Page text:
‘Measles outbreak far from over’ | Inquirer News

‘Measles outbreak far from over’

/ 03:37 AM January 07, 2014

Health Secretary Enrique Ona: Measles outbreak far from over. FILE PHOTO

MANILA, Philippines—The measles outbreak in several districts in Metro Manila is far from over, health officials said on Monday, adding that the number of cases could increase further because the disease is “highly contagious.”

In a press briefing Monday, Health Secretary Enrique Ona said that because measles was a “highly contagious” disease, the government’s massive vaccination campaign may not be enough to prevent new cases from developing in the coming weeks.


Ona said that administering a vaccine did not entirely guarantee immunity from measles.

“You have to understand that, in medicine, there is no such thing as 100 percent. Like among 100 children, there may be two or three who would not develop antibodies,” the health official said.


City governments in southern Metro Manila are now resorting to house-to-house vaccinations after the Department of Health (DOH) declared a measles outbreak in several barangays (villages) in nine cities.

Last week, the DOH declared a measles outbreak in Quiapo, Sampaloc, Tondo, Binondo, Sta. Cruz, Port Area and Sta. Mesa in Manila; Dagat-Dagatan and Bagong Barrio in Caloocan City; Talon 5, Talon 2 and Pamplona Uno in Las Piñas; Longos and Tonsuya in Malabon; Alabang and Putatan in Muntinlupa; North Bay Boulevard South in Navotas; Moonwalk and Don Bosco in Parañaque; Bagong Tanyag in Taguig; and Ugong in Valenzuela.

But Ona clarified that the DOH declared an outbreak whenever “there is more than one case (in an area) in two weeks.”

The latest DOH data on the National Capital Region (NCR) showed a total of 417 confirmed cases of measles recorded in 2013, which was 1,568 percent higher compared to the 25 cases recorded in 2012.

In an interview, Las Piñas health officer Ferdinand Eusebio said the city had been conducting “outbreak response immunizations, giving out vitamin A supplements, and going house to house to vaccinate children from six months to 59 months.”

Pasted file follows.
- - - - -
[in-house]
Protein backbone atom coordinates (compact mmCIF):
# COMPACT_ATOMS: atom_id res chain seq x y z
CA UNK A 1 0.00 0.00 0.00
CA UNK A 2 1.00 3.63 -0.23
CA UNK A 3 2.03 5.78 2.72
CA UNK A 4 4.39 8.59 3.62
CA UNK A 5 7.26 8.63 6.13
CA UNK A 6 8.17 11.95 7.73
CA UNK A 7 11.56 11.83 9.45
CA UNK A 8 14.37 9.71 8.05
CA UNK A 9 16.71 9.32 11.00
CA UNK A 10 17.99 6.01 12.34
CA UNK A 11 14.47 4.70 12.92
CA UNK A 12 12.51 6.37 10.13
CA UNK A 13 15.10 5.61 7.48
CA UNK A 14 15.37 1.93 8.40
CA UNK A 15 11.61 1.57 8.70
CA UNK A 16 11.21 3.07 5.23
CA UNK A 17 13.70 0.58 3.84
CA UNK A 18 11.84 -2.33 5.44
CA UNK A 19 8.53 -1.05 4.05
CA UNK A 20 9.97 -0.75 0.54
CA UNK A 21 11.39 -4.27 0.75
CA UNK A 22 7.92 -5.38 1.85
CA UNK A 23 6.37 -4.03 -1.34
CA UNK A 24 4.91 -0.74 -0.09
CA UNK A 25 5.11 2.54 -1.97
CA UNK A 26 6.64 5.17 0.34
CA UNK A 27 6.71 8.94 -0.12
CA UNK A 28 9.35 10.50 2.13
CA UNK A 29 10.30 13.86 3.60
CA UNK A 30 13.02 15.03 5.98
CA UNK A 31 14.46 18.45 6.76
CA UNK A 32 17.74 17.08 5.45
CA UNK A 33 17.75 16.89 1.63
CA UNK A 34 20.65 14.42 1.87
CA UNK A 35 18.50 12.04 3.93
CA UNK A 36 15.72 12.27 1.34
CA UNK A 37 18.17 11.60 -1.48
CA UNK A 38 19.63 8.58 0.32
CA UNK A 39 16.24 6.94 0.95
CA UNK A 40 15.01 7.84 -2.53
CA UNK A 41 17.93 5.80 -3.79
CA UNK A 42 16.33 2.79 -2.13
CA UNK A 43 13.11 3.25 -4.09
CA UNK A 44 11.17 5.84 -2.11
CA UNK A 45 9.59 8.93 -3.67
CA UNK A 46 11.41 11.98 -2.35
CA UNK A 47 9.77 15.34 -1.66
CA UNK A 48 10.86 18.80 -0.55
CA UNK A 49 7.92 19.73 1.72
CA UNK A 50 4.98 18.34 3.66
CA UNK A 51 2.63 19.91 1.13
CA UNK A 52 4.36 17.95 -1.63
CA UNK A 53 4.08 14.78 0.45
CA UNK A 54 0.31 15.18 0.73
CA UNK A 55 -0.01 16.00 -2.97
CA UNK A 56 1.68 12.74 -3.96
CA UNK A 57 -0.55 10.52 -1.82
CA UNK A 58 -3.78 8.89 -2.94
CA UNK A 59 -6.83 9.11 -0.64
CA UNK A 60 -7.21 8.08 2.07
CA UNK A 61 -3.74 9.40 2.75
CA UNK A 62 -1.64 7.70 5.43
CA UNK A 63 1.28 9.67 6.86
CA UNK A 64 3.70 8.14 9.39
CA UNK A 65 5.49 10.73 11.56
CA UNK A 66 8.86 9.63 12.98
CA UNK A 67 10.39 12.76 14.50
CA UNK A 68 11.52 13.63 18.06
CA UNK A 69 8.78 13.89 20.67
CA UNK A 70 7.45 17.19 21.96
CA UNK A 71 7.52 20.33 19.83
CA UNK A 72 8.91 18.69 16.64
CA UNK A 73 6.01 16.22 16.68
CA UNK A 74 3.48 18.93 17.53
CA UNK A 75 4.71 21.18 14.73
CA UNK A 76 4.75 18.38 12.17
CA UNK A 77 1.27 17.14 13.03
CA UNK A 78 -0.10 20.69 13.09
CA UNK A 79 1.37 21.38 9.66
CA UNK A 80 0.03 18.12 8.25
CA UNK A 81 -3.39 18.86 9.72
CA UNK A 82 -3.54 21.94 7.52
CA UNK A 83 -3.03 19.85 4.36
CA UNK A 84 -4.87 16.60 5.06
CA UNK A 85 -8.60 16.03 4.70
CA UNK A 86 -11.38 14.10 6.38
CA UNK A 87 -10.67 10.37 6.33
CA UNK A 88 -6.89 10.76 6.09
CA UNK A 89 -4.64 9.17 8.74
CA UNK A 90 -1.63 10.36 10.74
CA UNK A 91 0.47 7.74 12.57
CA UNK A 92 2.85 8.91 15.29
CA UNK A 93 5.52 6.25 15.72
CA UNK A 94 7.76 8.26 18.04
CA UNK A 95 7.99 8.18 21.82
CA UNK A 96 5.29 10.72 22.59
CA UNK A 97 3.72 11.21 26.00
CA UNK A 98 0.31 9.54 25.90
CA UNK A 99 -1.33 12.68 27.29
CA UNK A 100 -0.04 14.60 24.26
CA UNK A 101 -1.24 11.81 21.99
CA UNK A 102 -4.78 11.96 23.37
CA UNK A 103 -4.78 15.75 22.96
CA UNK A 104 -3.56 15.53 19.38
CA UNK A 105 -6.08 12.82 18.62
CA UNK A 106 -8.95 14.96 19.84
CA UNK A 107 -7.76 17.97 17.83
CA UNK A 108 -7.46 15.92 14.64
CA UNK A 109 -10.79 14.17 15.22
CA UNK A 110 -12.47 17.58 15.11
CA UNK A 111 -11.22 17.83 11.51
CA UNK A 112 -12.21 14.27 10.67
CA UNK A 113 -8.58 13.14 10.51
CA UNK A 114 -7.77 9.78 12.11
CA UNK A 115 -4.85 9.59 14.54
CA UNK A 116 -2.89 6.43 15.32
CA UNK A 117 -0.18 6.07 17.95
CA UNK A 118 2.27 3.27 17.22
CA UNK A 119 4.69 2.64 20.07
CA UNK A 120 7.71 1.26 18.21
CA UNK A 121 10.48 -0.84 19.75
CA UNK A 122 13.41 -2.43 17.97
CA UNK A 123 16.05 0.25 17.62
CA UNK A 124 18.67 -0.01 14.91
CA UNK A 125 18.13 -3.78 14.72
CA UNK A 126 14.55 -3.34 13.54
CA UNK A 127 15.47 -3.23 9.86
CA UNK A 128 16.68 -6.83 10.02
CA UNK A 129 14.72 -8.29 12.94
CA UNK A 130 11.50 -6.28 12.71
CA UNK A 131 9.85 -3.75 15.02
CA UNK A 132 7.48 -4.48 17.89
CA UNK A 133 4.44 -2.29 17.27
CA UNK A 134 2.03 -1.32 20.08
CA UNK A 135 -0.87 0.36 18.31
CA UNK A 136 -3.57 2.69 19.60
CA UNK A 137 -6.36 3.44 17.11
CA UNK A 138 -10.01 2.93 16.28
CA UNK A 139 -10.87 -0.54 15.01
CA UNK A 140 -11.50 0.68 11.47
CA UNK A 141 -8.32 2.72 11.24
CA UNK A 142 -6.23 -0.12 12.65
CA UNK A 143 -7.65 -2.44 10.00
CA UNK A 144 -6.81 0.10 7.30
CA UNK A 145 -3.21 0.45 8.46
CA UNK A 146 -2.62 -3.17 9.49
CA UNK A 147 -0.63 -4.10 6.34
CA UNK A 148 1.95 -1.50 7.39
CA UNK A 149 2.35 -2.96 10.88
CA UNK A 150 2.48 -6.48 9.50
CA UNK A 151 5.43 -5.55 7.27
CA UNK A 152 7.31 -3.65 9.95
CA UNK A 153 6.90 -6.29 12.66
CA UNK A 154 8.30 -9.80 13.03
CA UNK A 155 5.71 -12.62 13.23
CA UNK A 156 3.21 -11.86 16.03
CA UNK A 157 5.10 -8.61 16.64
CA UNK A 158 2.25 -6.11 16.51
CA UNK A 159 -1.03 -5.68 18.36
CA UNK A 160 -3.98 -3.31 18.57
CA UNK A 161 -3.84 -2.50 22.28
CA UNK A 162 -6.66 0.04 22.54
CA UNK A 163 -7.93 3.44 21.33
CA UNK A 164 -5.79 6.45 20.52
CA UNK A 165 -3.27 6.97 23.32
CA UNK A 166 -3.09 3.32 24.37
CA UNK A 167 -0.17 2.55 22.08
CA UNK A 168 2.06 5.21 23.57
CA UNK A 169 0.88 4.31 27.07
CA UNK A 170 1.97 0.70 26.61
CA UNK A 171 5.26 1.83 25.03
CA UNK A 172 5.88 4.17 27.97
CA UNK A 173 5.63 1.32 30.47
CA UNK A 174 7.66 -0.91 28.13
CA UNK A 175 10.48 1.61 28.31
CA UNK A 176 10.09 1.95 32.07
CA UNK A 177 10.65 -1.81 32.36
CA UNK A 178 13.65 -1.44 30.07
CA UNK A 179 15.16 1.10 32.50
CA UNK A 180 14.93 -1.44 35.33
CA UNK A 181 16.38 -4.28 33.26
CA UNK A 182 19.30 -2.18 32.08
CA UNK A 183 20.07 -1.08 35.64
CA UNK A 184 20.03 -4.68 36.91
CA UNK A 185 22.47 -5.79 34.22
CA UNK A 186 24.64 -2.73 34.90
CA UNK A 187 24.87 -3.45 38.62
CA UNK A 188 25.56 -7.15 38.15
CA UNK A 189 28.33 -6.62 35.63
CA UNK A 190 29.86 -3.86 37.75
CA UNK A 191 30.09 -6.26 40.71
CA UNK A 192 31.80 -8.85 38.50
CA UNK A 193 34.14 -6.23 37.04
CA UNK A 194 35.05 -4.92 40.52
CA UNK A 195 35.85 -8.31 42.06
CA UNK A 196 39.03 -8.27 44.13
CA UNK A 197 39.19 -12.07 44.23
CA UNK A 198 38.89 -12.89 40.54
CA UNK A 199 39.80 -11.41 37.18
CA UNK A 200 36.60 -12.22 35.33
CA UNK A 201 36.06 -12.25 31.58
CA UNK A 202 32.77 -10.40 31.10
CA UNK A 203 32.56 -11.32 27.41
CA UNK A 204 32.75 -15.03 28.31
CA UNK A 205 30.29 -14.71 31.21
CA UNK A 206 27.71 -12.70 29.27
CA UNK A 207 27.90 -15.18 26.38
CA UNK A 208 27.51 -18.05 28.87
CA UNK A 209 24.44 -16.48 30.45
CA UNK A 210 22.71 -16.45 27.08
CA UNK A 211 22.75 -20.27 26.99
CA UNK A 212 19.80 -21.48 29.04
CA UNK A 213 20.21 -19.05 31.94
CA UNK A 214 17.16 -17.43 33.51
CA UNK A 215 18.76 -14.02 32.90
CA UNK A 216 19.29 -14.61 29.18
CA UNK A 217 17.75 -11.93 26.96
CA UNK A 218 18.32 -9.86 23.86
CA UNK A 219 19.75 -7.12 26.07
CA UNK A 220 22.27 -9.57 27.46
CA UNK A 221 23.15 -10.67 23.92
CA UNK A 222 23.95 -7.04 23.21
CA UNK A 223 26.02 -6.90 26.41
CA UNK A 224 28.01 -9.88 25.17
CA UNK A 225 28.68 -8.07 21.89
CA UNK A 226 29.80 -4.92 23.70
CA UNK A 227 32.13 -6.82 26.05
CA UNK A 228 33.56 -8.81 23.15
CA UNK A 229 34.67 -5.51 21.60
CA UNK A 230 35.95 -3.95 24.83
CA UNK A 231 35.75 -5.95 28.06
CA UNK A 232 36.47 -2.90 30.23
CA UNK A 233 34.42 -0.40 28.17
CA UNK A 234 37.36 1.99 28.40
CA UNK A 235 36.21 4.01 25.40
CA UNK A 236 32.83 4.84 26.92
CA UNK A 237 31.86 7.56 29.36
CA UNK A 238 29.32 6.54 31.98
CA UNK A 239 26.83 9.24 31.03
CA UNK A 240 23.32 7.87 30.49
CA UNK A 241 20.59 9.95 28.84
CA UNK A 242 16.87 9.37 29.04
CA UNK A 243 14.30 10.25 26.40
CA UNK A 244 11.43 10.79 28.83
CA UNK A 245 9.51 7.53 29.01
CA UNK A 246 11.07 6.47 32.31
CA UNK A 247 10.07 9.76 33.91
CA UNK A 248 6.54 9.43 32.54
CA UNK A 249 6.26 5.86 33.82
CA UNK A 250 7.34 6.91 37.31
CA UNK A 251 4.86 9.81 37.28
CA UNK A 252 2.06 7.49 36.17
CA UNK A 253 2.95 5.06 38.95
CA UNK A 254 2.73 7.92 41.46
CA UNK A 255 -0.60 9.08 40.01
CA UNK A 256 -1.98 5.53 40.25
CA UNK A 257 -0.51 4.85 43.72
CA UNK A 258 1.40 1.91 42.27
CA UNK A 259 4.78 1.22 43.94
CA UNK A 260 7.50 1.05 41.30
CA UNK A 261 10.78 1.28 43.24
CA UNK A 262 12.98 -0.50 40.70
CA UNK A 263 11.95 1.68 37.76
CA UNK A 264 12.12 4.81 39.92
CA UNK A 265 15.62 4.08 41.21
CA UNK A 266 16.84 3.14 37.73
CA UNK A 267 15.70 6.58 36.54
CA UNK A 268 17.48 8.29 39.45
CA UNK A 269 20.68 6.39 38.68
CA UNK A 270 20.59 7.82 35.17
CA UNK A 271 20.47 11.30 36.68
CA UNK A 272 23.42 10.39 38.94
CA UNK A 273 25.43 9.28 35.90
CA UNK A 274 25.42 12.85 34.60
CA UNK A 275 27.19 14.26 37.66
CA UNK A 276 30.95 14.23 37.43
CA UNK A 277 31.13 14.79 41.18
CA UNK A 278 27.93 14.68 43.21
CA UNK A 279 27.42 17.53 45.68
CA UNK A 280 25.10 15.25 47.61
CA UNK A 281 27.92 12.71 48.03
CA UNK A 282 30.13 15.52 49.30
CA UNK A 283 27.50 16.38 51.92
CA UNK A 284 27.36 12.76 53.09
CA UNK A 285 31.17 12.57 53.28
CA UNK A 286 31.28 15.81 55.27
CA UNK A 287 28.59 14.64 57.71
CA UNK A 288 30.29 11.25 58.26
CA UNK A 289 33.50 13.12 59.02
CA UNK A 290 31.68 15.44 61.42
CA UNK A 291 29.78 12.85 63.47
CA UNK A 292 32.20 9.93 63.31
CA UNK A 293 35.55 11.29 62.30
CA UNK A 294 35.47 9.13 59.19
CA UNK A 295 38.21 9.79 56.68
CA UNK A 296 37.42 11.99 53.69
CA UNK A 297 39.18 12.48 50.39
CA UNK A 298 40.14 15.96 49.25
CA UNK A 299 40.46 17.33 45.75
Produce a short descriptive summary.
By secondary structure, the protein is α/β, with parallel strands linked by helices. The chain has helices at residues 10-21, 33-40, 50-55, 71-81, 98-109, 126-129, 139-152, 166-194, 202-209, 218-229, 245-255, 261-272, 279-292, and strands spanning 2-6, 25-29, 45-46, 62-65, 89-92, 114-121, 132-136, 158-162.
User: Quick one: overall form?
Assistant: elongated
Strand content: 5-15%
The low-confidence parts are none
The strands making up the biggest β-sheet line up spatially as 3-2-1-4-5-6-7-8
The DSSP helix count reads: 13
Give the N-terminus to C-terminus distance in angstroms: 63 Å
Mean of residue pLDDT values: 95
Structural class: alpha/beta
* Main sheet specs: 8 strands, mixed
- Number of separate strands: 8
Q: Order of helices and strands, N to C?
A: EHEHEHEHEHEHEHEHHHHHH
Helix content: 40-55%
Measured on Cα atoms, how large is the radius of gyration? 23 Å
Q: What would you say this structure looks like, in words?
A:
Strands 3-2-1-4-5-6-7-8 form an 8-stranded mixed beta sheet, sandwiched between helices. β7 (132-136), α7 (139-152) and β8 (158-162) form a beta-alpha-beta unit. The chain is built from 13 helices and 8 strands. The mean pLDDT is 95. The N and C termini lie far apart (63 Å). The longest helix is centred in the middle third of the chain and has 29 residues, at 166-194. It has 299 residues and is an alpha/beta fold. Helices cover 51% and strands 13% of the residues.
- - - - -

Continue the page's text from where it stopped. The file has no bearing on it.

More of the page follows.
The Muntinlupa city government has likewise embarked on a house-to-house vaccination program since December on top of the free vaccinations available at the Ospital ng Muntinlupa and in health centers, public information officer Tez Navarro said.

Asked about the possible cause of the upsurge, Ona cited the failure of some parents to have their children immunized or to complete the dosage of antimeasles shots.


“Some even refuse to have their children vaccinated for some reason,” the health chief said, adding that the measles vaccines were readily available and offered for free in local health centers.

Assistant Health Secretary Eric Tayag said that children below five years old must be vaccinated to protect them from measles.

On Monday, city health officers from Metro Manila were called to an emergency meeting by the DOH to discuss an expansion of its measles vaccination program as a response to the outbreak.

Meanwhile, the Taguig public information office said it had so far counted only eight measles cases the whole year in Barangay Lower Bicutan, and assured local residents that the city health office would continue to provide free vaccinations.

Despite the low number, it was still considered alarming because the area had zero cases of measles in previous years, explained Lito Laparan of the Taguig public information office.

In December, the DOH said there were 1,724 confirmed cases nationwide from Jan. 1 to Dec. 14, 2013, with the NCR accounting for 744 of the cases.

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TAGS: Diseases, Enrique Ona, measles, Measles outbreak, Metro Manila, Philippines - Metro
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